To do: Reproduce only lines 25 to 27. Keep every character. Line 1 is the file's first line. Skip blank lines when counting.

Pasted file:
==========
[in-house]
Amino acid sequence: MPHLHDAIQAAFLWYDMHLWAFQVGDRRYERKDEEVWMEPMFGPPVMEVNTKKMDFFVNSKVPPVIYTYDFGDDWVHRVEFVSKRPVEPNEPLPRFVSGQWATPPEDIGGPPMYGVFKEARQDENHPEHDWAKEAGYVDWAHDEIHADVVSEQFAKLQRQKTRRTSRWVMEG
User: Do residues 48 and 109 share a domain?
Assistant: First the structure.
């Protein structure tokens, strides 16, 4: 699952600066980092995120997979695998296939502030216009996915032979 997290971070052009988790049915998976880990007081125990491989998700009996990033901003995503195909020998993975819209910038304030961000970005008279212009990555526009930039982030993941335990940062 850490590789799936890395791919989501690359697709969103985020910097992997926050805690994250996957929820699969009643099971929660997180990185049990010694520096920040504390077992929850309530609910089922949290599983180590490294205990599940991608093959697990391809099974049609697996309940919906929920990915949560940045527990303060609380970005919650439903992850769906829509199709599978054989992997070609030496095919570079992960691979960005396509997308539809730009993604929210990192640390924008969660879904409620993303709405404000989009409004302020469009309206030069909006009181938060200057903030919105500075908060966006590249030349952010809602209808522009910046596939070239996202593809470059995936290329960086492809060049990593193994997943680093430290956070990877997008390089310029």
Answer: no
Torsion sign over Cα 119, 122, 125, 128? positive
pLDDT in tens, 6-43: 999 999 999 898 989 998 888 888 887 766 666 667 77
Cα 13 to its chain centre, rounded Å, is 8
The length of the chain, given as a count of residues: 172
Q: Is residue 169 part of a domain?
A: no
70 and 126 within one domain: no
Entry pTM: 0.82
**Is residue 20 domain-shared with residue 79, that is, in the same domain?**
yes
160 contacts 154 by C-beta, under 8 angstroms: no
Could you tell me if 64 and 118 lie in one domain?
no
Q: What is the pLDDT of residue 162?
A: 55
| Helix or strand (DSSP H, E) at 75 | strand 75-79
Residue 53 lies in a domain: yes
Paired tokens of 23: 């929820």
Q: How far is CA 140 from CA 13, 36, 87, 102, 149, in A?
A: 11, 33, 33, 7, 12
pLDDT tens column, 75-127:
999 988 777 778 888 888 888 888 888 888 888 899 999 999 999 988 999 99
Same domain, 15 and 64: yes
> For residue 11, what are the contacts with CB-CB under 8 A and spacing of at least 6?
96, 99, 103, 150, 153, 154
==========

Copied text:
Q: How far is CA 140 from CA 13, 36, 87, 102, 149, in A?
A: 11, 33, 33, 7, 12
pLDDT tens column, 75-127: